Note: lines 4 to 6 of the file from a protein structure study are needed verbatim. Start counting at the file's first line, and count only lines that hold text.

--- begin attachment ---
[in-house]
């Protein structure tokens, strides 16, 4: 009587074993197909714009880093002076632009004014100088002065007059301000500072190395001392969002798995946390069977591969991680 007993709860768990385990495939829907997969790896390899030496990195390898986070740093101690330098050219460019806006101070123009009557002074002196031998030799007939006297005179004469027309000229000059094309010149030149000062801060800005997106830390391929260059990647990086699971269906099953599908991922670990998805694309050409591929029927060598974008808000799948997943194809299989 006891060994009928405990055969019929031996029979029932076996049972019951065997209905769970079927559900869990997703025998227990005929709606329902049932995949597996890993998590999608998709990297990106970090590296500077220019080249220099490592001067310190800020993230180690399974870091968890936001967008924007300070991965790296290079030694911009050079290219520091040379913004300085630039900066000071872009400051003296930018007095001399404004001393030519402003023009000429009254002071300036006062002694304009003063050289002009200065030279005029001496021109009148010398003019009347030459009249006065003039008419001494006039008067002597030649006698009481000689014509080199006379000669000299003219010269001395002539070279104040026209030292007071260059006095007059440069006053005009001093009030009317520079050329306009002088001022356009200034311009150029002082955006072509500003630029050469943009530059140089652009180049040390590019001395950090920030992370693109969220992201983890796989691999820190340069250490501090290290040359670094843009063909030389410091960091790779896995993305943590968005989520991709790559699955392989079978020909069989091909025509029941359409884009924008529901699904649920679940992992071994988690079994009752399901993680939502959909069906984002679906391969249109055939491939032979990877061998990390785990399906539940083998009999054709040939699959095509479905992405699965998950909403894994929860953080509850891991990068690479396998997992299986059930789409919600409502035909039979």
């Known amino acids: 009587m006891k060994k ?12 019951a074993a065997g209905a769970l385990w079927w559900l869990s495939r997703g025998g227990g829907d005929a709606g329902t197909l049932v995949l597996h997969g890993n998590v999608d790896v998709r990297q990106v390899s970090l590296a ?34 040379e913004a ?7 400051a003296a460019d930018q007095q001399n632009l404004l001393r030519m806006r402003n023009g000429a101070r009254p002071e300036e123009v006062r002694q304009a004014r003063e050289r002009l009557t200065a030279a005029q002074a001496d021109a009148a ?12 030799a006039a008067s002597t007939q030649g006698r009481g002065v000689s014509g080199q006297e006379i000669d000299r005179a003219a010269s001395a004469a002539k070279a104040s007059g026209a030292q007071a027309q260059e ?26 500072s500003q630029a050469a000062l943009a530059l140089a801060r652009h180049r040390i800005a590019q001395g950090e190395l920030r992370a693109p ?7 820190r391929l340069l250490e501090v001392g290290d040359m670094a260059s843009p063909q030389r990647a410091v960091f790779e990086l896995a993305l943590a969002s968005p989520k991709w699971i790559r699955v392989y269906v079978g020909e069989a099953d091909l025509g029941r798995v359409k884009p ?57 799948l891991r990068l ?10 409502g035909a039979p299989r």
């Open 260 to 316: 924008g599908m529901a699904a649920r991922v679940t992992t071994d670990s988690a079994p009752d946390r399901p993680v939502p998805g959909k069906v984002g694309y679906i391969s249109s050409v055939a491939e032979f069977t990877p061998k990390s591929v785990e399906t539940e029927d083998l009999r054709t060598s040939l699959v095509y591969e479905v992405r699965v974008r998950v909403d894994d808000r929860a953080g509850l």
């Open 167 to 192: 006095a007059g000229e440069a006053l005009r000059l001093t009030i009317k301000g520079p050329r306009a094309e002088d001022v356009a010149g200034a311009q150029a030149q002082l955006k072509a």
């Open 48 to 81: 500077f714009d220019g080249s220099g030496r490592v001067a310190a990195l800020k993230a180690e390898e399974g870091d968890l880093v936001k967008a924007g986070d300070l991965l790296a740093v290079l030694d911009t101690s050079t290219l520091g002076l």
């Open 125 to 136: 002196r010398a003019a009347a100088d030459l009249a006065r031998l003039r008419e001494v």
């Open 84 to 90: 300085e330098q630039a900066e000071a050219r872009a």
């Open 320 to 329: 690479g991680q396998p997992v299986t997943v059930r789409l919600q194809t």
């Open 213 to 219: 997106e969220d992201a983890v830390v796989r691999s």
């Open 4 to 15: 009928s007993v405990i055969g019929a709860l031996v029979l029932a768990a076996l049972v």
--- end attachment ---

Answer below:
């Open 260 to 316: 924008g599908m529901a699904a649920r991922v679940t992992t071994d670990s988690a079994p009752d946390r399901p993680v939502p998805g959909k069906v984002g694309y679906i391969s249109s050409v055939a491939e032979f069977t990877p061998k990390s591929v785990e399906t539940e029927d083998l009999r054709t060598s040939l699959v095509y591969e479905v992405r699965v974008r998950v909403d894994d808000r929860a953080g509850l």
């Open 167 to 192: 006095a007059g000229e440069a006053l005009r000059l001093t009030i009317k301000g520079p050329r306009a094309e002088d001022v356009a010149g200034a311009q150029a030149q002082l955006k072509a």
């Open 48 to 81: 500077f714009d220019g080249s220099g030496r490592v001067a310190a990195l800020k993230a180690e390898e399974g870091d968890l880093v936001k967008a924007g986070d300070l991965l790296a740093v290079l030694d911009t101690s050079t290219l520091g002076l």